Unlike other websites and magazines, our ratings are not based solely on a singular road test, but rather a more encompassing batch of criteria: quality, safety, comfort, performance, fuel economy, reliability history and value. When comparing vehicles using our Rating System, it's important to note that the rating earned by each vehicle correlates only to the models within its class. For example, a compact car cannot be compared to a SUV—They are different vehicles altogether.
You can interpret our ratings in the following way:
5-Star: Outstanding vehicle. Only the most exceptional vehicles achieve this rating.
4-Star: Very Good vehicle. Very good and close to being the best vehicle in its class.
3-Star: Good vehicle. Decent, but not quite the best. Often affordable, but lacking key features found in vehicles of the same class.
2-Star: Below average vehicle. Not recommended, and lacking attributes a car buyer would come to expect for the price.
1-Star: Poor vehicle. Simply does not deserve to be on the road.
2017 Ford Expedition OVERVIEW
While smaller SUVs have been all but replaced by car-based crossovers, the rigs with the most muscle still have a place on the American scene. Traditional SUVs like the Expedition are simply too capable and accommodating to ever be replaced by more "sensible" vehicles.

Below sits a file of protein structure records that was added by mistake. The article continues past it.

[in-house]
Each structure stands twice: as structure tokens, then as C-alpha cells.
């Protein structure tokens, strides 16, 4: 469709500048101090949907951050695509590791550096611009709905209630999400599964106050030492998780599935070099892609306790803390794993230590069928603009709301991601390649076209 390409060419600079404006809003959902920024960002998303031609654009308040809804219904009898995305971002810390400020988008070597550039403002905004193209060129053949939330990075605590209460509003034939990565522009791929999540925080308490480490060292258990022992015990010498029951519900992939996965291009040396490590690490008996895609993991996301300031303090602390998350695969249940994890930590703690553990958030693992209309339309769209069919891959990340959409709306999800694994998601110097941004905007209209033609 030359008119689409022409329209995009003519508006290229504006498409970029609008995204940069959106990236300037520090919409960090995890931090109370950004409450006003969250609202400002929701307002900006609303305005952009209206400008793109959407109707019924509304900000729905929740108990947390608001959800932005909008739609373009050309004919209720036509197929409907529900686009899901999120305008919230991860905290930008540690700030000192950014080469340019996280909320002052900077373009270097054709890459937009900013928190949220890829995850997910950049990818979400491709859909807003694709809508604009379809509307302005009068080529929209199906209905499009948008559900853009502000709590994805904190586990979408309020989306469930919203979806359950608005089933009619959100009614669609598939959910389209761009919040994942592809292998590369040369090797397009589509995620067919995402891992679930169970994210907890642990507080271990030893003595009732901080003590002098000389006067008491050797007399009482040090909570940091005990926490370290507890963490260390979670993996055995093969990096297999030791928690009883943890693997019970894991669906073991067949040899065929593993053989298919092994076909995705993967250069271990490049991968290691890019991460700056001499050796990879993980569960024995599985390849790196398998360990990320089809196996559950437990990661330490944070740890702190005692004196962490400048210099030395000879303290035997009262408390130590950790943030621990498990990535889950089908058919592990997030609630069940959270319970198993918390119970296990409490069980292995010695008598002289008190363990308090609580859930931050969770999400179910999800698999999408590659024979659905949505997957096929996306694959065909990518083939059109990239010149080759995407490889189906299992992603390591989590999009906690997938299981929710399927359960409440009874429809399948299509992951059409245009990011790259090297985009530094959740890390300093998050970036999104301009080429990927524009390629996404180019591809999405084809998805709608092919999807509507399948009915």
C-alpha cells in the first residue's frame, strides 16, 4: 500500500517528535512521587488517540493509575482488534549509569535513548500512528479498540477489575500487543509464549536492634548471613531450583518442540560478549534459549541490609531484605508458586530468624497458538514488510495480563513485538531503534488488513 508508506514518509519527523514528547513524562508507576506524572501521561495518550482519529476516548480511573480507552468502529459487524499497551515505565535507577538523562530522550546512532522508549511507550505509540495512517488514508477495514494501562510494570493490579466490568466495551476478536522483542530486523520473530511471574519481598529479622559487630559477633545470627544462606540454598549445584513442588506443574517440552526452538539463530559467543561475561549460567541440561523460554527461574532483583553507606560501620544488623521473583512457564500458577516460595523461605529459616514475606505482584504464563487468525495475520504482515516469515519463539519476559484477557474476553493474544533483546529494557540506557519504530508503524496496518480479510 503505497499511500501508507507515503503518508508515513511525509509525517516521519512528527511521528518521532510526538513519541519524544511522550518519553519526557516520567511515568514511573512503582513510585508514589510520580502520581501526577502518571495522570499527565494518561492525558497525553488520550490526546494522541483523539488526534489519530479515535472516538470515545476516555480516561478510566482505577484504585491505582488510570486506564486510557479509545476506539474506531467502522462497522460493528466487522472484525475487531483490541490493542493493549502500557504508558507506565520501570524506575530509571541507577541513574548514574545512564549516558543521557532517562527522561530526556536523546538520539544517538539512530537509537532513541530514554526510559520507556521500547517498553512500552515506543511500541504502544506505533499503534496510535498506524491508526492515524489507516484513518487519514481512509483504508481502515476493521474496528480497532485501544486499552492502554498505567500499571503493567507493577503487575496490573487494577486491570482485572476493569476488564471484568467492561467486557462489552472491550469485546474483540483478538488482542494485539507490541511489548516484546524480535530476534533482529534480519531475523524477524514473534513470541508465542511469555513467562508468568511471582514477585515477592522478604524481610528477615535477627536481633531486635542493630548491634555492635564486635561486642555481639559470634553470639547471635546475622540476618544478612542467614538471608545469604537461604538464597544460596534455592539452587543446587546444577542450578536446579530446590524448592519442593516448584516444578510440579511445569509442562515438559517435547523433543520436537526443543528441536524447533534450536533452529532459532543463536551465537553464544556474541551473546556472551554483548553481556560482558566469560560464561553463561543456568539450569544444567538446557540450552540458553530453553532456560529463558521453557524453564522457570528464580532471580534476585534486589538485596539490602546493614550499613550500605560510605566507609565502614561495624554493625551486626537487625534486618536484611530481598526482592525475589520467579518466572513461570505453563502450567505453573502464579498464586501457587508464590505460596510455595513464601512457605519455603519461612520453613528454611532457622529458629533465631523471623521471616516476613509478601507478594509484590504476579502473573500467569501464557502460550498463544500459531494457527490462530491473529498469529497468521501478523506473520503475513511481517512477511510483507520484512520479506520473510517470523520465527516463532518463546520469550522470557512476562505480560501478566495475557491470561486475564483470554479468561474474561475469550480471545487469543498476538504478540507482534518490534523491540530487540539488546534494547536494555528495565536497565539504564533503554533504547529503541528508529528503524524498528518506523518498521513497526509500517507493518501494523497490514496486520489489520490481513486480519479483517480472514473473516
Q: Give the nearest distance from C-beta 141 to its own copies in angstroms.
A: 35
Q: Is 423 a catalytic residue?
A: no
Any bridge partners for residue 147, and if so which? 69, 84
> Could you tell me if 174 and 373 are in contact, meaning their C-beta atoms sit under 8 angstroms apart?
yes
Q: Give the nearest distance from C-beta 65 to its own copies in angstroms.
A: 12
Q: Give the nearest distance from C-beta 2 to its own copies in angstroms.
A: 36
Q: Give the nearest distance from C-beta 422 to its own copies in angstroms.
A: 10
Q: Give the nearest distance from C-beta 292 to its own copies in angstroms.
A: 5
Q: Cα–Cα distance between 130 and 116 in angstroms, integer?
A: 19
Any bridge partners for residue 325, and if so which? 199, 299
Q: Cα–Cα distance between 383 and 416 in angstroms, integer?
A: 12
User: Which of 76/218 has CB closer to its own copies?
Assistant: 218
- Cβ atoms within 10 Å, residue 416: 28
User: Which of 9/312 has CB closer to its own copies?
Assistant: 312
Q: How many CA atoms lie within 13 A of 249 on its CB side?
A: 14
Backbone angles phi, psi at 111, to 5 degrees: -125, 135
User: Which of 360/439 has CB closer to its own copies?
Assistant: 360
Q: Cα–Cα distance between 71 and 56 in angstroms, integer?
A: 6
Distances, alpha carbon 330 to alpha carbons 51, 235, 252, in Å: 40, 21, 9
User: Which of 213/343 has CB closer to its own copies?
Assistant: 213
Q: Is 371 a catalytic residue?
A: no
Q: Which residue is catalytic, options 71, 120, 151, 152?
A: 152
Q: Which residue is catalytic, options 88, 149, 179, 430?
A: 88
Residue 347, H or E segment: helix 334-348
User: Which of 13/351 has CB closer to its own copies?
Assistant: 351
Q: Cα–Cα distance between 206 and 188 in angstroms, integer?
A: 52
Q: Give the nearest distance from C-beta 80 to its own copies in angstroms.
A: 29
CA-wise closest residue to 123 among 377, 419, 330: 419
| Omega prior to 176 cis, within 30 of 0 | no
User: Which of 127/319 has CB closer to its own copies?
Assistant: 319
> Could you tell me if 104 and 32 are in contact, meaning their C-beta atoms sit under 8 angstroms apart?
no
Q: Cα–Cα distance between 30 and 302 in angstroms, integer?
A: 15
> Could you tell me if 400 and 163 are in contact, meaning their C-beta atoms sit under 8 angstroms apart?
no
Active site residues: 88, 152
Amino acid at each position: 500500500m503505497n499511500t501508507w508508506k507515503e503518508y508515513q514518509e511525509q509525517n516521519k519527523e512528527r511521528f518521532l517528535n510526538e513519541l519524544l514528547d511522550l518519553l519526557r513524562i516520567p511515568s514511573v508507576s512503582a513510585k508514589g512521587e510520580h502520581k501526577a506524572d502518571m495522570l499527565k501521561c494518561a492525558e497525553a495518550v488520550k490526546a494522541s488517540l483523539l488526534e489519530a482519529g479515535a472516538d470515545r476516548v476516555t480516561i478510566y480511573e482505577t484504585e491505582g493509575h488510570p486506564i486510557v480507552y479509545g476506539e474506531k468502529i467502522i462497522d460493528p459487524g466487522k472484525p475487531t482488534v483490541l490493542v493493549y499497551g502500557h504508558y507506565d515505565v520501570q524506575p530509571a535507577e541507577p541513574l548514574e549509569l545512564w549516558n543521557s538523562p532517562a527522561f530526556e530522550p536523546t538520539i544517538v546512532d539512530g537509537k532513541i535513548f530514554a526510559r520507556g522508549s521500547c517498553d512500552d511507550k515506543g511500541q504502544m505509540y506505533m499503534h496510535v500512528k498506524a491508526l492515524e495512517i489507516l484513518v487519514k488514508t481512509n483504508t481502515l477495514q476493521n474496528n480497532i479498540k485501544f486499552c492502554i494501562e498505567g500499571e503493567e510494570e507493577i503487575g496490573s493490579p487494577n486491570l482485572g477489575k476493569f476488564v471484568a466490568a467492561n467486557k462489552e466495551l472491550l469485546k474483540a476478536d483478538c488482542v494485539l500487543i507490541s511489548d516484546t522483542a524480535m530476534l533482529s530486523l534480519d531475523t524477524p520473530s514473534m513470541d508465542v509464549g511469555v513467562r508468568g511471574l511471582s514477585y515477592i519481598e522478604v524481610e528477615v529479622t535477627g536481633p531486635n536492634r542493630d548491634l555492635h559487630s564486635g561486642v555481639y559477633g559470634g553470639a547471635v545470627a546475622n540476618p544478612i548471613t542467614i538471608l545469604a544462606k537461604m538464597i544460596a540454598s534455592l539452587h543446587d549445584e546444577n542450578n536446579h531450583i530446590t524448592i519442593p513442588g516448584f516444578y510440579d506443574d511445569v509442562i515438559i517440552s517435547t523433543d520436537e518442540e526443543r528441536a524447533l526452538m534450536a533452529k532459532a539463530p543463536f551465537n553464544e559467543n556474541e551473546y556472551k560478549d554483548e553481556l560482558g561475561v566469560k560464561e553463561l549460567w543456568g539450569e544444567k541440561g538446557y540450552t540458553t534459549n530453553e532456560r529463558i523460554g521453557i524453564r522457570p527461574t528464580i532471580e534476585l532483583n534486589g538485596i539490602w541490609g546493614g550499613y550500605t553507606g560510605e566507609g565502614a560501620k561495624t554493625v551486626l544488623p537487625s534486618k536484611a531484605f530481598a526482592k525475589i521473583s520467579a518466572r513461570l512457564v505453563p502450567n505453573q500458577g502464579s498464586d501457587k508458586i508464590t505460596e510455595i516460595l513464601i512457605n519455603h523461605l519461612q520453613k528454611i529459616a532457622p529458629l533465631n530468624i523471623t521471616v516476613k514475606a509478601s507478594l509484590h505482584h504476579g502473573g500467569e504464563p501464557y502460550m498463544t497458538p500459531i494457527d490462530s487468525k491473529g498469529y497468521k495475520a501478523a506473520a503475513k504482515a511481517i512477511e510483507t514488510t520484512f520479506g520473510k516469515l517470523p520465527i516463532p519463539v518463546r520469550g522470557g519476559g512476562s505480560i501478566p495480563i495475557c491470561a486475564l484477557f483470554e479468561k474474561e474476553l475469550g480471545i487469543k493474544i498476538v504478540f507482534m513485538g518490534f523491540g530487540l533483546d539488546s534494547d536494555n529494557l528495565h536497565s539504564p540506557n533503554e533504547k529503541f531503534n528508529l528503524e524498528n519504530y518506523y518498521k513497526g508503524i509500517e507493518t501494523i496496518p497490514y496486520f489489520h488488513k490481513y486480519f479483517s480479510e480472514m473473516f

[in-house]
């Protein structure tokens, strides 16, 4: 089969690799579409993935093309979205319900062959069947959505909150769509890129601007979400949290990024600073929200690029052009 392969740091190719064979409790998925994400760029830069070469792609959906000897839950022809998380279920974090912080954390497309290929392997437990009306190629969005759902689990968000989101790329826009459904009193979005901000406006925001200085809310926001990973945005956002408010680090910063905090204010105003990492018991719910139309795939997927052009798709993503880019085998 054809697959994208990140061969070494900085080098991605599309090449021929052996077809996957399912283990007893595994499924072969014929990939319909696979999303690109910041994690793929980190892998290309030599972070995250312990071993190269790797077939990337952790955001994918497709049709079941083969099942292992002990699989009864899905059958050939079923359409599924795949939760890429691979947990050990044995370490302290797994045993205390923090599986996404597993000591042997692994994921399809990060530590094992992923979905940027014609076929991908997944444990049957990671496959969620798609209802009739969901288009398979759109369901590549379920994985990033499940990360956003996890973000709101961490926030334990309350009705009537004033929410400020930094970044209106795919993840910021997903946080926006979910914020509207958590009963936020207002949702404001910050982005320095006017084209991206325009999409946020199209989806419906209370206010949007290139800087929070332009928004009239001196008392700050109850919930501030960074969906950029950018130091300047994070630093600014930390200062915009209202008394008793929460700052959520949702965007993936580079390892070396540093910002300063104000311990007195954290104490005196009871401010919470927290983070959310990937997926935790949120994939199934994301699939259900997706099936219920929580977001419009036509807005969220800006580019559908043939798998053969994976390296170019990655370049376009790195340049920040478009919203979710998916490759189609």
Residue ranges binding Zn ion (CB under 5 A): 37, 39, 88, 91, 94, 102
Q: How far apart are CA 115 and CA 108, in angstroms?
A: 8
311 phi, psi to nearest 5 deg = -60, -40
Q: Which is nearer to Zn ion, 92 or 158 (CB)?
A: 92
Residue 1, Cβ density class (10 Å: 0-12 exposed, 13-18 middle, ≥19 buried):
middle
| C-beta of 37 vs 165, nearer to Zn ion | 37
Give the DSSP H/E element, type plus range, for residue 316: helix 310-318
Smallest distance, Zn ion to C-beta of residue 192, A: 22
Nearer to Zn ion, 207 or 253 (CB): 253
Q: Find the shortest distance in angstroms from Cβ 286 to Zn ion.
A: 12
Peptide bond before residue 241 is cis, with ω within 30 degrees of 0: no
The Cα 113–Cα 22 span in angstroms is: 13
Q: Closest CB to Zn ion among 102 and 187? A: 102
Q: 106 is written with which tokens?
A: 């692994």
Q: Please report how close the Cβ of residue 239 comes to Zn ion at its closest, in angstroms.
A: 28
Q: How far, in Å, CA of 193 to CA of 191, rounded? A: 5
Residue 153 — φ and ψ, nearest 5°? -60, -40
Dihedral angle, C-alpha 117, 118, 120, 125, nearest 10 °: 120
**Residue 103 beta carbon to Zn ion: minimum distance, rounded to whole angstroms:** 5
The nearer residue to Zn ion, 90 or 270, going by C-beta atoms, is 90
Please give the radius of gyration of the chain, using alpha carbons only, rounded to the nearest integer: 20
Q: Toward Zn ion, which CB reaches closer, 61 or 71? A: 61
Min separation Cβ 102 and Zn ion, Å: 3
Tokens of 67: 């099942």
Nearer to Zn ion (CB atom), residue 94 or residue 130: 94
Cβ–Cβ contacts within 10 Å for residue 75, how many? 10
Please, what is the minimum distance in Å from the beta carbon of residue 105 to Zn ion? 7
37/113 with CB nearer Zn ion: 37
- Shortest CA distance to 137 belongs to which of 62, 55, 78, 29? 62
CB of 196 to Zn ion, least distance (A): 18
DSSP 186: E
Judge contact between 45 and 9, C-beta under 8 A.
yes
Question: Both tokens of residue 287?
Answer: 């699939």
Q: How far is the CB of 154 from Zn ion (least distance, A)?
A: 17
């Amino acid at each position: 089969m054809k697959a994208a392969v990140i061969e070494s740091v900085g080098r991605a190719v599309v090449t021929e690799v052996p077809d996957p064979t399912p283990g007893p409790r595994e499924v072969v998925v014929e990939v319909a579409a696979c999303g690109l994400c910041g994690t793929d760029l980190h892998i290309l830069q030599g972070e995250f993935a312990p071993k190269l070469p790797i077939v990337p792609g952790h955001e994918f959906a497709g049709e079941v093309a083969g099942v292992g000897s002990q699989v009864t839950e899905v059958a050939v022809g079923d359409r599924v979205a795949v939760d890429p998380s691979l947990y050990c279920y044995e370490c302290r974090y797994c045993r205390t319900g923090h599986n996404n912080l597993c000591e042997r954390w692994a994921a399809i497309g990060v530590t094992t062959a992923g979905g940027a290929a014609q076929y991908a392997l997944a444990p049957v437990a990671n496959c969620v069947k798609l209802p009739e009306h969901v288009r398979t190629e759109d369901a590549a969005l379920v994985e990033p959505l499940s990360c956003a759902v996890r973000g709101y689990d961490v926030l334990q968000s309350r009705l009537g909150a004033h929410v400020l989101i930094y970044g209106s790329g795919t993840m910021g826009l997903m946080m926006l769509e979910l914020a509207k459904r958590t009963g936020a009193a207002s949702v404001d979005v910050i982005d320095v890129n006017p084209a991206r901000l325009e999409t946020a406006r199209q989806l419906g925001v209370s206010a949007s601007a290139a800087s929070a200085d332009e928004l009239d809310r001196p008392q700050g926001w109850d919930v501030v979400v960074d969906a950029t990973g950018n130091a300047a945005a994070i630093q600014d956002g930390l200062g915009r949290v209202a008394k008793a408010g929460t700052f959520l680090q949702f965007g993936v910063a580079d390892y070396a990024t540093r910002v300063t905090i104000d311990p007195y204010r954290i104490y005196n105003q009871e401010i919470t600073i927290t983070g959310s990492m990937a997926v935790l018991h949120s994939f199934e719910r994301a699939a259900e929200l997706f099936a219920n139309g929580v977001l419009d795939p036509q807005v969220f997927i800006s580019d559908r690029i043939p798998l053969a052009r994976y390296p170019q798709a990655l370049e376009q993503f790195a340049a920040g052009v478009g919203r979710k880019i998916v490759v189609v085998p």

What's New for 2017
A full redesign is expected for 2018, so this is basically a waiting year. The Expedition sees minimal changes for 2017.
Choosing Your Ford Expedition
After a lifetime of V8 power, the Expedition switched to a turbocharged V6 engine in 2015. Fear not, the 3.5-liter puts out 385 horsepower and 420 pound-feet of torque, enough for the Expedition to out-accelerate several V8 competitors. You can expect 18 mpg in combined city and highway driving, as good as it gets for this type of vehicle. All models come with a six-speed automatic transmission and heavy-duty towing package. Four-wheel drive with low-range gearing is available across the board. The Expedition can tow up to 9,200 pounds.
There's plenty of room for eight passengers and 108 cubic feet of cargo space with the back rows folded. The second row slides and reclines, and the third row folds neatly into the floor when not needed.
As in previous years, the Expedition is offered in four trim levels:
Second-row captain's chairs are available on all models, and the upper trims can get a rear entertainment system with dual screens. On the mechanical side, Ford offers an adaptive suspension system, automatic load leveling, and 22-inch wheels as standalone options.
Unless you're strictly interested in the Expedition's capability, we recommend skipping the XLT and going for the plusher Limited, which offers the best value in the line. The King Ranch and Platinum are certainly eye-catching, but come too close in price to Lincoln's Navigator for our taste.